The year of 2017 has been tough for enterprise security teams. Attacks like Petya and Wannacry suggest that the impact scale is increasing dramatically. The recent leak of government-developed malware and hoarded vulnerabilities has given cybercriminals greater capabilities. IT is struggling to keep pace with the flow of important security software patches and updates, and the continued adoption of new technologies like the internet of things (IoT) creates new vulnerabilities to contend with.
Finally, 2017 going to end. So, get ready to face 2018 cyber Attacks with FireEye Lab's Cyber Security predictions 2018.
What cloud trends do you expect to see as we move into 2018?
This past year was something of a turning point for public cloud adoption – not just with regard to traditional public cloud providers such as Amazon and Azure, but also with software as a service. This means people are really starting to put critical data into the cloud. We saw that some of the largest companies are starting some really major cloud initiatives where they may have one or two absolutely critical applications that they’ve successfully migrated.
What does that mean for attackers?
That means attackers are going to follow that data into the cloud, regardless of what the data is – be it credit cards or medical records or something else. Attackers won’t say, “Well, I'm not really interested in doing cloud stuff. I'm going to stick with on-prem.” They'll certainly move to trying to get to the IP that’s in the cloud.
Making sure that you have full visibility into all the actions that are occurring starts to move some of the traditional defenses from things like exploits into a little bit more of the business logic layer. Still, vulnerable is vulnerable, so ensure everything running in the cloud is secure.
Targeting Inherent Trustin the Software Supply Chain
Malware authors are increasingly taking advantage of inherent trust between users and software providers. Users inherently trust software developers to provide updates for their products that would add new functionalities or fix security bugs, and they don’t expect the updates to be tainted with malicious code. In supply chain attacks, cyber threat groups target the build servers, update servers and other parts of the development environment. The hackers can then inject malware into software updates and software releases, thus potentially infecting users through trusted official software distribution channels.
What Will happen?
IN 2018, we may see an increase in ransom and extortion attacks relating to GDPR (and perhaps other regulations) as attackers seek to capitalize on a potential fear of large fines. An example of this would be an attacker compromising an organization – or even tricking the organization into believing they have been compromised – and promising to keep the breach from going public for the right price.
dramatically in the past few years, and recent attacks leveraging major vulnerabilities show that attackers are still finding success with the file and system locking malware. We expect to see continued use of ransomware in 2018, especially as administrators are slow to patch and update their systems. Additionally, ransomware will continue to be prolific as long as the ransomware authors continue to find the business lucrative.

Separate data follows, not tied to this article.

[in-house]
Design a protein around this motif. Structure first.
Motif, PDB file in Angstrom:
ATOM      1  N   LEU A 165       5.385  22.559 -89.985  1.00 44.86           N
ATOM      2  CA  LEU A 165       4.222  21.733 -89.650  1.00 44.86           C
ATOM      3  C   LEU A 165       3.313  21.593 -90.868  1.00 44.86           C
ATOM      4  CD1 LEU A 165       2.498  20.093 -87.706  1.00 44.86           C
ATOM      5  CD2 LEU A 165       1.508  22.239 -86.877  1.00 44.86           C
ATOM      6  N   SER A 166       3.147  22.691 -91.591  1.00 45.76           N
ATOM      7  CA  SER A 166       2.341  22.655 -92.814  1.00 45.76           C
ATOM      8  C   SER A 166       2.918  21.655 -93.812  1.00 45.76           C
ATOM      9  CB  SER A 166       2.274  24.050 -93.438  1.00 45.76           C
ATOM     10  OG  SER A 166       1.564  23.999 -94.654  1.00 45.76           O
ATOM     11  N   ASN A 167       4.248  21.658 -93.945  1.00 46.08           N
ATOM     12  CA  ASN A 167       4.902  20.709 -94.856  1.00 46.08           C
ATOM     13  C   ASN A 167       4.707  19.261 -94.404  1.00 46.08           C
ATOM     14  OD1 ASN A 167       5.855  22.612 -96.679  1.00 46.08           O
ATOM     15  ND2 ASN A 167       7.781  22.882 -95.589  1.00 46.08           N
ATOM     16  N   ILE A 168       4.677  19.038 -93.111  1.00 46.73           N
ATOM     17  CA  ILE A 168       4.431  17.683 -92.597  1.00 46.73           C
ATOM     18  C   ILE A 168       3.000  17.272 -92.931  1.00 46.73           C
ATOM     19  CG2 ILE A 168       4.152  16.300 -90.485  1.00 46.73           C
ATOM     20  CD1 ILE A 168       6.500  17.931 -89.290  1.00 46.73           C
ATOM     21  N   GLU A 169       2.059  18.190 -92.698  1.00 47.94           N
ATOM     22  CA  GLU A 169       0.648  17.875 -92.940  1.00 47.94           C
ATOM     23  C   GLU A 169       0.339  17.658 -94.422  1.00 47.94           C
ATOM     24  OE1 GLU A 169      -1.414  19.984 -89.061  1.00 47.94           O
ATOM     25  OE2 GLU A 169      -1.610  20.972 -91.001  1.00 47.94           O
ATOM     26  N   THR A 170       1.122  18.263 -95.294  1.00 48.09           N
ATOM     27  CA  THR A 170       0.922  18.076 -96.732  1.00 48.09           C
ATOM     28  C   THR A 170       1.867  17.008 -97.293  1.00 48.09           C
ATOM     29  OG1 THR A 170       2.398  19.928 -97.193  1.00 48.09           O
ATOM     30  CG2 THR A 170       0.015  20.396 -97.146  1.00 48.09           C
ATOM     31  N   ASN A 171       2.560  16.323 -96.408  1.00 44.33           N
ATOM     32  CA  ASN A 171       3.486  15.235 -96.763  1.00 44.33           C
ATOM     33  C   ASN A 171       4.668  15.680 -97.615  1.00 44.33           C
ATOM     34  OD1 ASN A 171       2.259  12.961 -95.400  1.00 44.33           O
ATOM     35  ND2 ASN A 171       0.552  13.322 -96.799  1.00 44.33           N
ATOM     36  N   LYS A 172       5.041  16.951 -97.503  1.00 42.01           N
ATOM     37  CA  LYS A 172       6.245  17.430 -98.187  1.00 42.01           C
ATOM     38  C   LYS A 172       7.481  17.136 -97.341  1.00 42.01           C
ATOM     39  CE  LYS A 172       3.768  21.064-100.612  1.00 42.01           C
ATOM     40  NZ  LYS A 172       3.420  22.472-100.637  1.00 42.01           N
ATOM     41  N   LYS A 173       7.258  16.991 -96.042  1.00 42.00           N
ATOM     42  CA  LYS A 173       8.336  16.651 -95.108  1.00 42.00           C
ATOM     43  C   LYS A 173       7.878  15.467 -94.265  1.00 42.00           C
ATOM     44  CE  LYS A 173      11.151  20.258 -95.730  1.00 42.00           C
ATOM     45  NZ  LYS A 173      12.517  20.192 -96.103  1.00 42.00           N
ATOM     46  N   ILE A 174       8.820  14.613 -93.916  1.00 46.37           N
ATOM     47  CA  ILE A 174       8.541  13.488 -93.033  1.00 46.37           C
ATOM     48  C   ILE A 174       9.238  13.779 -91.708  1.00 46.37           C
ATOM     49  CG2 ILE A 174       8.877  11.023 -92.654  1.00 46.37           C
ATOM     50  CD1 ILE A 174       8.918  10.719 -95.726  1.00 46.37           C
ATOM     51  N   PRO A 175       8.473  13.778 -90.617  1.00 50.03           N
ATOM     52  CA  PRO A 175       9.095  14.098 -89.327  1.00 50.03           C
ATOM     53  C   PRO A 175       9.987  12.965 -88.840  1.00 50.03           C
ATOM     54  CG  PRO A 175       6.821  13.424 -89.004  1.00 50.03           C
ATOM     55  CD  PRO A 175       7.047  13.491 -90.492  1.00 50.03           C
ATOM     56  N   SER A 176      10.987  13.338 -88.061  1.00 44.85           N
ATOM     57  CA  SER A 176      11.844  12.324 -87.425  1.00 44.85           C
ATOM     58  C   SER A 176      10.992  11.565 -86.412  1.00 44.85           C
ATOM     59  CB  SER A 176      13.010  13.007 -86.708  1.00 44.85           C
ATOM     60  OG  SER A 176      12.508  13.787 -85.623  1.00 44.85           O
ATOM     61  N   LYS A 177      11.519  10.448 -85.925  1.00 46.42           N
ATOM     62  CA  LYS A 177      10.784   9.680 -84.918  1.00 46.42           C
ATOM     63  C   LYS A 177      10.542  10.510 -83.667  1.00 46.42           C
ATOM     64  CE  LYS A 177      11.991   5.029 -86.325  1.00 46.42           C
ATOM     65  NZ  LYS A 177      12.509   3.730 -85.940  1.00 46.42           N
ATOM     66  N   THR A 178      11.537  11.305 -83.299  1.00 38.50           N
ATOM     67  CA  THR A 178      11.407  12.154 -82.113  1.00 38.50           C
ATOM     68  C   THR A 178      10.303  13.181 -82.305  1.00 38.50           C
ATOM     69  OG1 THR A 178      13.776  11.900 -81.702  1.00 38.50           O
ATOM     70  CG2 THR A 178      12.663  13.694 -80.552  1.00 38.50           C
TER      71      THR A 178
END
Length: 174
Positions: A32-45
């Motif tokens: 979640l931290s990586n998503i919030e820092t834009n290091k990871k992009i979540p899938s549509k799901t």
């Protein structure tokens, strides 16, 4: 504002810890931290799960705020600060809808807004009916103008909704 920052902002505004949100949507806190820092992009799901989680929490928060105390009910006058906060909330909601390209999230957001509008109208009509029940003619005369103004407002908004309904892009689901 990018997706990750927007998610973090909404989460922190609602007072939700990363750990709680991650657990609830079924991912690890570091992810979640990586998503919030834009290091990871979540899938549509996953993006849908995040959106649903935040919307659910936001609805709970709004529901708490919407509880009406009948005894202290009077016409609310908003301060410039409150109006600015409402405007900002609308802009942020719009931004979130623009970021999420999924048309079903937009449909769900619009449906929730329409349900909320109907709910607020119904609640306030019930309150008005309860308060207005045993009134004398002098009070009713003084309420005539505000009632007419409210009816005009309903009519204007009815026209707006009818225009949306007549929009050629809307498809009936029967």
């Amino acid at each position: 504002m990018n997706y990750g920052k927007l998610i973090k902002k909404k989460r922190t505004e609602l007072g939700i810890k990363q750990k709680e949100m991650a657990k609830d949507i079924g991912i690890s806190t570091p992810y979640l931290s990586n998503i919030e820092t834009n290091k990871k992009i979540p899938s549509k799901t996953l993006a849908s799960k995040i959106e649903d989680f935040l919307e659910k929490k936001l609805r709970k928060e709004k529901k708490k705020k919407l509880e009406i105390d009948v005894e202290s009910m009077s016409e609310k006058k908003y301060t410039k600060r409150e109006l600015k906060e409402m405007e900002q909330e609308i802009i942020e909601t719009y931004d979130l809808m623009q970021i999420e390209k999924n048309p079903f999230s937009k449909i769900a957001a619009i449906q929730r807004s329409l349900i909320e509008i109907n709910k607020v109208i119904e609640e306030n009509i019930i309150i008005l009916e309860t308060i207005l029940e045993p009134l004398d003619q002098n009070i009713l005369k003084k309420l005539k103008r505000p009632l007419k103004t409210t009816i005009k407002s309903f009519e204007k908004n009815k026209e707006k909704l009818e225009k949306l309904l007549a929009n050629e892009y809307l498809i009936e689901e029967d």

Increase in Cloud-based Attacks and Evasion Techniques In recent years, we have seen an uptick in security technologies and infrastructure using cloud services such as Amazon Web Services (AWS), Azure, and more. We have also seen attackers leveraging these cloud services for various purposes, including to host URLs for phishing and to distribute malware. Hosting on known file-sharing services and leveraging cloud service providers is useful for attackers because it helps them bypass the initial domain reputation checks performed by most security engines. Additionally, with cloud offerings becoming more prominent every day, we expect attackers will become more aware of cloud environments and, thus, adapt their behaviors accordingly (traditionally, we have seen malware binaries detecting virtual environments). For defenders, this means either restricting downloads from cloud service provider IP addresses or limiting downloads.
2018 Major Attacks
- Increase in the Internet of Things Attacks by Exploiting Vulnerabilities.
- Multi-vector Phishing Attacks Involving a Variety of Evasion Techniques
- Increase in Cloud-based Attacks
- Malware Attacks to Targeting Cryptocurrencies
The Battle Ahead
From innovative attacks and malware to incoming laws and regulations, to changes in nation-state activity, it’s evident that 2018 has the potential to be another event-filled year in cybersecurity. But while there are many new things to look forward to in the next 12 months, and many different ways to stay prepared, we also cannot sleep on the timeless fundamentals that continue to keep us secure.
Finally, it’s important to simply keep a positive attitude in this industry. Some people think it’s all fear, uncertainty and doubt, and that there are no answers, but this is exactly the type of thinking that hampers innovation and ultimately lets the bad guys gain an edge. Remain optimistic – we’re going to manage our way through all the uncertainty in the industry. Security is in our DNA, and we are going to fix the problems, or at least treat them in ways where all the promise of our increasingly connected world is going to become a reality
FireEye Security Predictions 2018 - Click Here to Download